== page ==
Tracy Nokes, 58, a health care assistant at Peninsula NHS Treatment Centre, has successfully taken her career to the next level by qualifying as an assistant practitioner.
Tracy, who has four grown-up children, has spent 26 years in the care sector working in areas as diverse as mental health, Huntington’s disease, hospital wards, care homes and psychiatric units.
She joined Peninsula NHS Treatment Centre five years ago as a health care assistant and was encouraged to take the NVQ Level 3 in Health and Social Care, which she passed.
The hospital has given her further support to train as an assistant practitioner via the City and Guilds Level 5 Diploma for Assistant Practitioners in Healthcare, which she completed successfully over a two-year period.
Tracy’s role is in the Outpatients Department where she assesses patients before they go on to see the rest of the team who will be caring for them. She carries out ECGs if required, takes blood samples and carries out other assessment measures, such as weight and height.
What is an assistant practitioner?
While not registered health practitioners, assistant practitioner have a level of competency through their experience and training and support other qualified colleagues.
She said: “I love my job and the fact that I get to interact with our patients right at the beginning of their journey with us. I particularly enjoy helping to put people at ease in situations where they might be afraid of needles, for example. Often where they have agreed to have a blood sample taken, I will have taken it without them even noticing. We are very thorough with our assessments, which surprises a lot of people. It can be a good ‘MoT’ for a lot of our patients.”
Tracy appreciates being part of a mature, supportive team. She commented: “We all have a wealth of experience and we give each other a lot of mutual support, so as a consequence the environment is relaxed and patients feel more comfortable and less stressed. My manager Nicola Law and the rest of my colleagues are brilliant and really helped me to succeed. I know that I have a team of trained nurses and other clinicians behind me who all wanted to see me do well.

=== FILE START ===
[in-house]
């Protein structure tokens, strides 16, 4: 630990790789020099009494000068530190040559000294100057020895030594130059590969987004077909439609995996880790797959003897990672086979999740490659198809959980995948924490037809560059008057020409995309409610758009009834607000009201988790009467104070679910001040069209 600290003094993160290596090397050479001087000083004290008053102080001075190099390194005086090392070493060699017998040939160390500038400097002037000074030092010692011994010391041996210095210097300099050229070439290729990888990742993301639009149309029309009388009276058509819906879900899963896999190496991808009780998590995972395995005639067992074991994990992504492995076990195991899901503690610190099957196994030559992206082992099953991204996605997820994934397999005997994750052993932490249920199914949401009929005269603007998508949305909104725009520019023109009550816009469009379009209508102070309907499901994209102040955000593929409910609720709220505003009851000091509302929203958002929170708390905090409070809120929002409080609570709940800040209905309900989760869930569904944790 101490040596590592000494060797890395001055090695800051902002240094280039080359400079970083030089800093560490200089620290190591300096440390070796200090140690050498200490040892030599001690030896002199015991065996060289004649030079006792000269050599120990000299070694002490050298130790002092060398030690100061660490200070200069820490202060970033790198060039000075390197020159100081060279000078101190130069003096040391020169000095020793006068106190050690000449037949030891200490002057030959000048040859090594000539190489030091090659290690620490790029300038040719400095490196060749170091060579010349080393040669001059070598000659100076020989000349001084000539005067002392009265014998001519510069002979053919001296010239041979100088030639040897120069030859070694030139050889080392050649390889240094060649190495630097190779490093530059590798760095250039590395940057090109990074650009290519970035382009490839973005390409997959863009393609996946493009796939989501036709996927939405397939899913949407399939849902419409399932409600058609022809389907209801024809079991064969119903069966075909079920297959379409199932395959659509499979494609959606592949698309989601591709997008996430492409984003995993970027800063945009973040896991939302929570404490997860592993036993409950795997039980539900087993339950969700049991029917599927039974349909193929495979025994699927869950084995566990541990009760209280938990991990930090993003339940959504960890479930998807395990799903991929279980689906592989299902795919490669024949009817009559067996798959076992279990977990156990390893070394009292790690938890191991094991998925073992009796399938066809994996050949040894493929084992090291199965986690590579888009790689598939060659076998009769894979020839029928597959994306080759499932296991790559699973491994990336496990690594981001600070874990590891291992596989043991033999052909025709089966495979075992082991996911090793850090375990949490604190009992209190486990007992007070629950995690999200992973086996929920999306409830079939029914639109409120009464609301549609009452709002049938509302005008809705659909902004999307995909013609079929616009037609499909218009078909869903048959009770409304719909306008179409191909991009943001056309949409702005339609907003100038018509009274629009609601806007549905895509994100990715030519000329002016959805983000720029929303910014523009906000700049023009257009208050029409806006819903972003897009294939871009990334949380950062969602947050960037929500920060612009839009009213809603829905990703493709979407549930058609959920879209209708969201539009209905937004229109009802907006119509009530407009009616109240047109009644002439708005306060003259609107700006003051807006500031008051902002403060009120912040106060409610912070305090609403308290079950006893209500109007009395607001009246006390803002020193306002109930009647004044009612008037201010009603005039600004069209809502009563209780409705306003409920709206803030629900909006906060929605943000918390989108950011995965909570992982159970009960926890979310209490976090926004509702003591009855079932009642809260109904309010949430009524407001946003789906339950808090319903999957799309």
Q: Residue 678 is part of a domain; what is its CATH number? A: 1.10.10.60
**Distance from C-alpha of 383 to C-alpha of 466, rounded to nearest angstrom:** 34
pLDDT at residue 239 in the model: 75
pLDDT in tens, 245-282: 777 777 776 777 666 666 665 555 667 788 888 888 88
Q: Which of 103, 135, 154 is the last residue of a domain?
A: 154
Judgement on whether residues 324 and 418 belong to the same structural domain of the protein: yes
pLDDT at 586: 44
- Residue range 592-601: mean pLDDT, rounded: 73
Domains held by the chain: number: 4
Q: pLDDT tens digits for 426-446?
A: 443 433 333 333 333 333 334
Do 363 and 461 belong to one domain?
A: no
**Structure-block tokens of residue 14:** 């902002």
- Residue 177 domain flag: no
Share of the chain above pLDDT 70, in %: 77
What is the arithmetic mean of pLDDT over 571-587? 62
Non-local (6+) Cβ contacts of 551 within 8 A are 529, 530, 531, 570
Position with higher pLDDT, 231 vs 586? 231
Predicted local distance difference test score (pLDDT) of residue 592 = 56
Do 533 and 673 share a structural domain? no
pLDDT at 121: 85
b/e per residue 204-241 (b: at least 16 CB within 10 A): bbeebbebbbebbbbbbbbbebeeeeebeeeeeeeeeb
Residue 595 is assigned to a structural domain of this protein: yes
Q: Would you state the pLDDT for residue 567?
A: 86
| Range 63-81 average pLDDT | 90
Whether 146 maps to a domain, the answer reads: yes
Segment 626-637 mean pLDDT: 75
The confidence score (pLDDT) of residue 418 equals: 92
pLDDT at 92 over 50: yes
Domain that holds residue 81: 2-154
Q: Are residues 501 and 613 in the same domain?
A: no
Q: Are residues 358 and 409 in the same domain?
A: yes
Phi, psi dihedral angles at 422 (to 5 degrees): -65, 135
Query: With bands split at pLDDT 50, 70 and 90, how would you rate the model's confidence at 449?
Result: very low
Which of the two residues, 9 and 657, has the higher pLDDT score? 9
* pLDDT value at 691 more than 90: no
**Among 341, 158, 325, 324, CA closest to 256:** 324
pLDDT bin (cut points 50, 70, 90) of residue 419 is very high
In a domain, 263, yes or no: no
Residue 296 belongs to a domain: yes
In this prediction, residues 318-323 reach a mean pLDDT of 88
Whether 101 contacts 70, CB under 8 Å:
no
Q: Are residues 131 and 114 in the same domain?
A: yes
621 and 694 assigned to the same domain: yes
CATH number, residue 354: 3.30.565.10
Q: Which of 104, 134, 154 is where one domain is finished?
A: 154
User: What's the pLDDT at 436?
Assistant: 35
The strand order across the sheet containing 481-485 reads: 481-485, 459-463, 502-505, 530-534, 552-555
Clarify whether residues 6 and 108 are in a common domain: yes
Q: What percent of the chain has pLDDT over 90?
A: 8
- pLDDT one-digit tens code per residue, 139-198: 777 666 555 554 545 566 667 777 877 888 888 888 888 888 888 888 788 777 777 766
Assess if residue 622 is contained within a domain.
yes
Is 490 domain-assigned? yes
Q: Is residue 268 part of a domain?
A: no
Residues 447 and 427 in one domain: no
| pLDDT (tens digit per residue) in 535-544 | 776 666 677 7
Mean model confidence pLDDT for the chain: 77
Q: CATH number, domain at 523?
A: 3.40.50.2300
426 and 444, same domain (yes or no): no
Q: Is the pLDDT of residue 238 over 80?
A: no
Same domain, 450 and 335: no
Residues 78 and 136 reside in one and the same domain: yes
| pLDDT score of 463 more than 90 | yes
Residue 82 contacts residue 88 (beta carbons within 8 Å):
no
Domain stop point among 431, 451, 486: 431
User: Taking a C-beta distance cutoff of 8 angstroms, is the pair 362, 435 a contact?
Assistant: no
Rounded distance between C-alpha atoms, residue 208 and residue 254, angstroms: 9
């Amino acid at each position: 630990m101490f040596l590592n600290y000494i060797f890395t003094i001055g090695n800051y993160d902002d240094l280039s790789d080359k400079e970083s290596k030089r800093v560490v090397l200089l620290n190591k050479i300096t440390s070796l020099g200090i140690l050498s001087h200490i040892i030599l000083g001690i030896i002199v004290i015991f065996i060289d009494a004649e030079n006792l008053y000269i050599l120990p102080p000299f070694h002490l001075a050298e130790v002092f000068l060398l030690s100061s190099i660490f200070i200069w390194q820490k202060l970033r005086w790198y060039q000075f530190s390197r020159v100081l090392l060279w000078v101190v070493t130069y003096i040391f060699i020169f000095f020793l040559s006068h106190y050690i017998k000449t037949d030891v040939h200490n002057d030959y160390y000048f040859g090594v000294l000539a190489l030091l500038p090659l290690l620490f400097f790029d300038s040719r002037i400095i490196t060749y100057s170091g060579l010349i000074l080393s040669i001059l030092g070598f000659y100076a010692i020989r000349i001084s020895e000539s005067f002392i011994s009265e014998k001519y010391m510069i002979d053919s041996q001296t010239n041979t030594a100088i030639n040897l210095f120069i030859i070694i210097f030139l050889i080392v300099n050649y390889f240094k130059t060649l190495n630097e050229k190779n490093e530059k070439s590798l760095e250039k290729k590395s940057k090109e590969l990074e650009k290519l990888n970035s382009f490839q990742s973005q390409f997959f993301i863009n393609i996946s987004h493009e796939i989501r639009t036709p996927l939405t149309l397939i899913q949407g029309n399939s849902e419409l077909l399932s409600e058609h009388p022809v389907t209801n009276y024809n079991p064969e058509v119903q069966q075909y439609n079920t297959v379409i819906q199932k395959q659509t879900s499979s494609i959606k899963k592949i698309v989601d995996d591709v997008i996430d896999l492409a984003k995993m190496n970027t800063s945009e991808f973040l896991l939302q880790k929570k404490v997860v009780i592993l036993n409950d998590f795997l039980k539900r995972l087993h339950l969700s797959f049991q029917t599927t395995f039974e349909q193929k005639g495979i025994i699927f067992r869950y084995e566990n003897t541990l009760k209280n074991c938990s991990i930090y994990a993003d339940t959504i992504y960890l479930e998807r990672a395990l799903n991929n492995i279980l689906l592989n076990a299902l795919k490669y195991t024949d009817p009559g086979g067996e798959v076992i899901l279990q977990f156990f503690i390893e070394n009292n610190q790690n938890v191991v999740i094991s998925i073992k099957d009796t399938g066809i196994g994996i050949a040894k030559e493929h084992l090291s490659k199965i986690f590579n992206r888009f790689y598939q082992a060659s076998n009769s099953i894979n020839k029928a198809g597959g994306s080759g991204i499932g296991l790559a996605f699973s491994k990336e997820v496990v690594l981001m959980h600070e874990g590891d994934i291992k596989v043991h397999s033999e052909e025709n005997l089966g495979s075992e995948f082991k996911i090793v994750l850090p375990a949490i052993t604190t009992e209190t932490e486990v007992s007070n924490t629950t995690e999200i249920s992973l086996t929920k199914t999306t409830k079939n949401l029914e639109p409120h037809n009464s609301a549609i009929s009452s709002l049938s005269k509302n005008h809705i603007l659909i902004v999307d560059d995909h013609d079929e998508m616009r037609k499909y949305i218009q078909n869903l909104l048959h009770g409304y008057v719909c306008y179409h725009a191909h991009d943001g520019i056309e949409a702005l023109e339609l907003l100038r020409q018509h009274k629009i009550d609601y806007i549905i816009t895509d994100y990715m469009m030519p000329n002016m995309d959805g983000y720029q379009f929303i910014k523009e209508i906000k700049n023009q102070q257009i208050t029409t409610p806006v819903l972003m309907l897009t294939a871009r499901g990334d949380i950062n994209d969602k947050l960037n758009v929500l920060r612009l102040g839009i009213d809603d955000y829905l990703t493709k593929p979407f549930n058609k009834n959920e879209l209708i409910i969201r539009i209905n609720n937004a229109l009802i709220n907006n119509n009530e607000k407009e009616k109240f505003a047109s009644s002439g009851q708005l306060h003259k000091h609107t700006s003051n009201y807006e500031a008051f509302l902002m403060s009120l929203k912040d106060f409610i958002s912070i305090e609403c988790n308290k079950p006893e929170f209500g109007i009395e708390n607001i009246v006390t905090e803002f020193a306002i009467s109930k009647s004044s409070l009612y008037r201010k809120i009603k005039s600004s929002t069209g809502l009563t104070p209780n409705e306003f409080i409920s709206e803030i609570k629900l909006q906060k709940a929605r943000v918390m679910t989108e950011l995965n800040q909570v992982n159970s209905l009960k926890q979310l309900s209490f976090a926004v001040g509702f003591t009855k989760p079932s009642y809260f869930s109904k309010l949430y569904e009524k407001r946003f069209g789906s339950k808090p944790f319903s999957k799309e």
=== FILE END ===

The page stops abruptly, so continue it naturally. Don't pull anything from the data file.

After raising four children and setting them off on their careers, Tracy now feels it is time to progress her own career. She said: “I did my job as a mum and now I have done something for me. The Diploma system is a fantastic way for someone at my stage of life to take my career forward and achieve even more. Diplomas are a great way to update and improve your practice and show that you really know your job. I think everyone should do them!”
Nicola Law, Outpatient Department Manager at Peninsula NHS Treatment Centre, commented: “Tracy is a valued member of the team and we are delighted that she has attained the Level 5 Diploma for Assistant Practitioners in Healthcare. As an organisation, we endeavour to support and nurture our staff to help them succeed professionally and I am confident that Tracy will benefit from her most recent qualification – and it’s great for the team too.”